EKG Lead Placement Knowledge Review Quiz

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| By Milly
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Milly
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EKG Lead Placement Knowledge Review Quiz - Quiz

Instructions: You will have 2 attempts to take the quiz. If you are unsuccessful, you will be required to do the hands-on demonstration for EKG placement. You must provide your RHJ VAMC email. You must give your first and last name (only) when taking the test to be given credit. NO initials will be accepted for credit for completing the test. If you have any issue with the test, please notify your educator. Thanks


Questions and Answers
  • 1. 

    Which of the following is a contraindication for performing an EKG?

    • A.

      Diagnosis of abnormal conductions of impulses through the heart

    • B.

      Abnormalities resulting from blood flow problems

    • C.

      Severe trauma to the chest

    • D.

      Preoperative assessment

    Correct Answer
    C. Severe trauma to the chest
    Explanation
    Performing an EKG involves placing electrodes on the chest to measure the electrical activity of the heart. Severe trauma to the chest can cause damage to the underlying structures, including the heart, and may interfere with the accuracy of the EKG results. Therefore, it is a contraindication for performing an EKG.

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  • 2. 

    The best position to place your patient for an EKG is with their head flat or at no more than 90 degrees.

    • A.

      True

    • B.

      False

    Correct Answer
    B. False
    Explanation
    Placing the patient's head flat or at no more than 90 degrees is not the best position for an EKG. The correct position for an EKG is to have the patient lying flat on their back with their head elevated at a 30-degree angle. This position helps to ensure accurate readings and minimize any potential discomfort for the patient.

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  • 3. 

    The best electrical conduction when performing an EKG can be seen when you de-fat and abrade the skin. 

    • A.

      True

    • B.

      False

    Correct Answer
    A. True
    Explanation
    When performing an EKG, de-fatting and abrading the skin can improve electrical conduction. De-fatting involves removing any oils or lotions from the skin, which can create a barrier between the electrodes and the skin. Abrading the skin helps to remove dead skin cells and create a rougher surface, which enhances the contact between the electrodes and the skin. These steps ensure better electrical conduction, allowing for more accurate readings during an EKG.

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  • 4. 

    Oily skin should be cleansed first with alcohol and then washed with soap and water.

    • A.

      True

    • B.

      False

    Correct Answer
    B. False
    Explanation
    The statement is false because cleansing oily skin with alcohol can strip away the natural oils and disrupt the skin's barrier, leading to dryness and irritation. It is recommended to cleanse oily skin with a gentle cleanser specifically formulated for oily skin, followed by rinsing with water.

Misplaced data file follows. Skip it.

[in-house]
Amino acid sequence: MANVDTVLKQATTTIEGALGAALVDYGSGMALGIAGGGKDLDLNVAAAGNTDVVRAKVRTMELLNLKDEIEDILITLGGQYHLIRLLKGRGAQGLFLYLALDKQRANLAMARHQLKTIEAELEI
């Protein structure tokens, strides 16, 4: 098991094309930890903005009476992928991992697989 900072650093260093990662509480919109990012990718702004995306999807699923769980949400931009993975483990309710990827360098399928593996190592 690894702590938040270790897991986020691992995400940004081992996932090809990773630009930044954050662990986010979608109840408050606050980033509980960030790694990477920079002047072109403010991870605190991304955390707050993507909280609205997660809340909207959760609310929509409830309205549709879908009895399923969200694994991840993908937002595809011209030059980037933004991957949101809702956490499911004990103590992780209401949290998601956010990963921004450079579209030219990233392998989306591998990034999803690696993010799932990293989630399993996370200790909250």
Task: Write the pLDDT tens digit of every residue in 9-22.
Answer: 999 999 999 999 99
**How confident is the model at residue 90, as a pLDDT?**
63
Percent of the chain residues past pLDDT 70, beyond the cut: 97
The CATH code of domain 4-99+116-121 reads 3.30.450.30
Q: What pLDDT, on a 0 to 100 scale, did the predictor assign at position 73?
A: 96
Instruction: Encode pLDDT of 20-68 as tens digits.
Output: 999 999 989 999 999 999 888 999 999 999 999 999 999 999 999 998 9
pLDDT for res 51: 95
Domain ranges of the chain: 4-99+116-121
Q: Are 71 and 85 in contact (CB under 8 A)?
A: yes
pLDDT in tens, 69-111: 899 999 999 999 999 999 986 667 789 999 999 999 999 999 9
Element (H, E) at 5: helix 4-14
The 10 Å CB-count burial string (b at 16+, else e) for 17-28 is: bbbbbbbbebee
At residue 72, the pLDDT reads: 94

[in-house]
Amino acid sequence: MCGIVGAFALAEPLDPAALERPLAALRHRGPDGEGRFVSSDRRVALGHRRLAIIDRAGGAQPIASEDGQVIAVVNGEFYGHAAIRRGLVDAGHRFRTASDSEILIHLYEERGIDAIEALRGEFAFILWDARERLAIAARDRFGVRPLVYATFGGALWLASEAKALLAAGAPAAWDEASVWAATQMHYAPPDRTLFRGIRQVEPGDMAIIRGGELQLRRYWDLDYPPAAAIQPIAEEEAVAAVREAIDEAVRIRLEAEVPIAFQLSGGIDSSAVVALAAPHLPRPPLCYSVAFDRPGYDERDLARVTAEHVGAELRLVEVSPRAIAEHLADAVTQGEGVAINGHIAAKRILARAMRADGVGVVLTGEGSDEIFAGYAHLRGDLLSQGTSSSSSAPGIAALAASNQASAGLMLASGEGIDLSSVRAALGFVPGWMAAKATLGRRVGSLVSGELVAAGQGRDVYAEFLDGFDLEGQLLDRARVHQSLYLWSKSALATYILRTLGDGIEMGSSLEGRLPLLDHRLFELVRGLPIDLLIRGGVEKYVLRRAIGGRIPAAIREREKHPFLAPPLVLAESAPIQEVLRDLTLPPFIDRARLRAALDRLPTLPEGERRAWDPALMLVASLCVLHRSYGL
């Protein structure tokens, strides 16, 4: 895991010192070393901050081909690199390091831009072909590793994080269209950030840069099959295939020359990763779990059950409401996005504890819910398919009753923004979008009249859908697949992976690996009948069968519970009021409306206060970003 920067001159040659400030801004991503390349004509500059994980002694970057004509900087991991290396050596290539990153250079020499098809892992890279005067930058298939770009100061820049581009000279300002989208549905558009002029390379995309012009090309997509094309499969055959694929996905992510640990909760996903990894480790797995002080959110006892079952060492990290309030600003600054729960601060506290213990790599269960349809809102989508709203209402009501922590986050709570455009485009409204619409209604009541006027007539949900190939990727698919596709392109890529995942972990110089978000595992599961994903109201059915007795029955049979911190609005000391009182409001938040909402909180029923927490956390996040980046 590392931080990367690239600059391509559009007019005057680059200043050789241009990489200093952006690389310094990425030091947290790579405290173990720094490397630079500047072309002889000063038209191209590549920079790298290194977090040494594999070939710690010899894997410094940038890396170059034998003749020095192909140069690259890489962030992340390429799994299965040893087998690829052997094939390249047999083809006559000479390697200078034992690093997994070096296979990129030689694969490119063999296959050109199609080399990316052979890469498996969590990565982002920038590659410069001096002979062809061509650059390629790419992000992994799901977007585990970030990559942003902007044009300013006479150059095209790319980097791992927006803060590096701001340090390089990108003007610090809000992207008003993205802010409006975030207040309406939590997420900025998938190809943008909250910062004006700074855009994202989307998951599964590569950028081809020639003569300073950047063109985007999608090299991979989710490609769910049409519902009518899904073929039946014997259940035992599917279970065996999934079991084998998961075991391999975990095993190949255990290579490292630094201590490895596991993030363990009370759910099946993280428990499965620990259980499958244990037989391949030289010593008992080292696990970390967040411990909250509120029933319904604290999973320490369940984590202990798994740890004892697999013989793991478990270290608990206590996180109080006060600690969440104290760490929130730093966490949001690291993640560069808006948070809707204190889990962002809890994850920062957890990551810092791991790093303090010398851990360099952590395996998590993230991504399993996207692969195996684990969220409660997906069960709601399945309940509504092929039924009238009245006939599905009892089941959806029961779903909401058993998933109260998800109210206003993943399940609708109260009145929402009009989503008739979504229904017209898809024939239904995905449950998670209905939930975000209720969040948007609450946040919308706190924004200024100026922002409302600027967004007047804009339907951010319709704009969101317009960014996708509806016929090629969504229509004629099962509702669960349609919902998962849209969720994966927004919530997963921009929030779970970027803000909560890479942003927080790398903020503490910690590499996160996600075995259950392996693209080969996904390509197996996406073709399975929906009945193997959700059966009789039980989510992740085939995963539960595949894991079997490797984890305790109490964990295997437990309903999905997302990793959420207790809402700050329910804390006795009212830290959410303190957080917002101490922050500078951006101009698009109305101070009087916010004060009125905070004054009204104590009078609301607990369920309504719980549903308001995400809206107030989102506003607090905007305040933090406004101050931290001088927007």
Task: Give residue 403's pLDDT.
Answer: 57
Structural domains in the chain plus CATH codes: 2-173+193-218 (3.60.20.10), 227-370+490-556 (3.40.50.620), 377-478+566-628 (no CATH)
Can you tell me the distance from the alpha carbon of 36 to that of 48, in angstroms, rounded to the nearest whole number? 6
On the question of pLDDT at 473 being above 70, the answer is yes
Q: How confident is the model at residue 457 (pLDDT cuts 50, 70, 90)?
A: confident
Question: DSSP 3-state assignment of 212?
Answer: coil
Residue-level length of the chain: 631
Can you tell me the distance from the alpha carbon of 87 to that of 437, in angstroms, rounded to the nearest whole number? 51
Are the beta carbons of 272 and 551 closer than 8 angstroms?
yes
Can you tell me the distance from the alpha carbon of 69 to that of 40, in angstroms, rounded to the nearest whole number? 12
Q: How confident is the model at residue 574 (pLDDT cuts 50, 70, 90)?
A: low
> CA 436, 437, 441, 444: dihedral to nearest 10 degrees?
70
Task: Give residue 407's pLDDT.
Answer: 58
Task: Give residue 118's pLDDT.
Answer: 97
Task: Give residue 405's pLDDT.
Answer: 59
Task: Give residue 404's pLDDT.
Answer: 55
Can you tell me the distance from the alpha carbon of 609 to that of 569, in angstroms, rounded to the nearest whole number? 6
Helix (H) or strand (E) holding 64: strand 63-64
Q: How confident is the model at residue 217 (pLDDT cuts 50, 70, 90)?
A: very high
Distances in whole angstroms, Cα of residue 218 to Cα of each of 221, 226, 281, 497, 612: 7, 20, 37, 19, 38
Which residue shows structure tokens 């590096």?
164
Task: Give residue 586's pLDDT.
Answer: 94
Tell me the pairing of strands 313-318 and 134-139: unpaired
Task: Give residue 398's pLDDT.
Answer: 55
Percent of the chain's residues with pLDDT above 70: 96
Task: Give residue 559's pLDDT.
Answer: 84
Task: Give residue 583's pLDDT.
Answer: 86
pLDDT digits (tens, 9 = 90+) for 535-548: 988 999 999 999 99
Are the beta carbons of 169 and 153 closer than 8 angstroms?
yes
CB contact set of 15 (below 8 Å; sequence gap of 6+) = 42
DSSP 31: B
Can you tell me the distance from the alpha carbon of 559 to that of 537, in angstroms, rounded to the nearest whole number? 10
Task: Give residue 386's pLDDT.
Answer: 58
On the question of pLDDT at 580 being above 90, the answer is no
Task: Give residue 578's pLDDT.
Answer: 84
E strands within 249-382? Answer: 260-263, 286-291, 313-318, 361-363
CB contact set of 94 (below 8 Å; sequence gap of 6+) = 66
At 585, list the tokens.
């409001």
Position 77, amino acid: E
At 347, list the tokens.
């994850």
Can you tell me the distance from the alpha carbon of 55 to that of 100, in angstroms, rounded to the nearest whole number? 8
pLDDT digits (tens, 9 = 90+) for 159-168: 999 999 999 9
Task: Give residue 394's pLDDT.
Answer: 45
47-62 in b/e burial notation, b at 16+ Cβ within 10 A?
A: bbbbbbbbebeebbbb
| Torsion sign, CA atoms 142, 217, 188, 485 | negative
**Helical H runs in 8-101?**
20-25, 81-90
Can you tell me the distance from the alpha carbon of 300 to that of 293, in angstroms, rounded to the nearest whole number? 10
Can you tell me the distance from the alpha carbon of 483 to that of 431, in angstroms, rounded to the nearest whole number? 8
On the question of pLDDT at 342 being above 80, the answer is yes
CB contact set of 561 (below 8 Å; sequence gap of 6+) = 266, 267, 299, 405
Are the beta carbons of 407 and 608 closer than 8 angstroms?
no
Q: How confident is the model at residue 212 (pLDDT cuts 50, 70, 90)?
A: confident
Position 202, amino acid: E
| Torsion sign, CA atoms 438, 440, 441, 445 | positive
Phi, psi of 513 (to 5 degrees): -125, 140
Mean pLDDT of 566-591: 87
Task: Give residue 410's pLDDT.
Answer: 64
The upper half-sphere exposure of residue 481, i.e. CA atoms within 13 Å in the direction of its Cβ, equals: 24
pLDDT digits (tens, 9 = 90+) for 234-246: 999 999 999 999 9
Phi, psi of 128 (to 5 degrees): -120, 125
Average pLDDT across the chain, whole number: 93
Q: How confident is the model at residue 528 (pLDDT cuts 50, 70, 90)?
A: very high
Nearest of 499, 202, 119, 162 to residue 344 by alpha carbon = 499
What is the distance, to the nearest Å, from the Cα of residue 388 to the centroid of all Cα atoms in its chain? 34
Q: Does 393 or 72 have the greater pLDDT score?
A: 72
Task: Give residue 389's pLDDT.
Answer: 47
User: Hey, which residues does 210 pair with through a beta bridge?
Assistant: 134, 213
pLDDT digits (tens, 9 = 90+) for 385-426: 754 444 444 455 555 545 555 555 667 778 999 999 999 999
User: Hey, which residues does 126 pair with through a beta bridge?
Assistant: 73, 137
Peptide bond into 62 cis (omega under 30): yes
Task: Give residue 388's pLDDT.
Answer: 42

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  • 5. 

    When applying the electrodes to the patient, all leads should point in the direction of the patient's head.

    • A.

      True

    • B.

      False

    Correct Answer
    B. False
    Explanation
    The statement is false because when applying electrodes to a patient, the leads should actually point in the opposite direction of the patient's head. This is to ensure that the electrical signals captured by the electrodes are recorded correctly and can be interpreted accurately. Placing the leads in the wrong direction could lead to incorrect readings and potentially affect the diagnosis and treatment of the patient.

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  • 6. 

    You should always place limb leads over bony prominences.

    • A.

      True

    • B.

      False

    Correct Answer
    B. False
    Explanation
    Placing limb leads over bony prominences is not necessary or recommended. Limb leads are typically placed on the fleshy parts of the limbs, such as the upper arm and thigh, to ensure good contact and accurate readings. Placing them over bony areas can result in poor contact and unreliable readings.

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  • 7. 

    Which of the following are unsatisfactory technical tracings that may be identified when performing an EKG on your patient?

    • A.

      Electrical interference

    • B.

      Wandering baseline

    • C.

      Muscle tremor

    • D.

      All of the above

    Correct Answer
    D. All of the above
    Explanation
    The correct answer is "all of the above" because electrical interference, wandering baseline, and muscle tremor are all examples of unsatisfactory technical tracings that can be identified when performing an EKG on a patient. Electrical interference can result from external sources such as electrical equipment or poor electrode contact, causing artifacts on the EKG tracing. Wandering baseline refers to a fluctuating baseline that can make it difficult to interpret the EKG accurately. Muscle tremor can also cause artifacts and distort the EKG tracing, making it unreliable for analysis.

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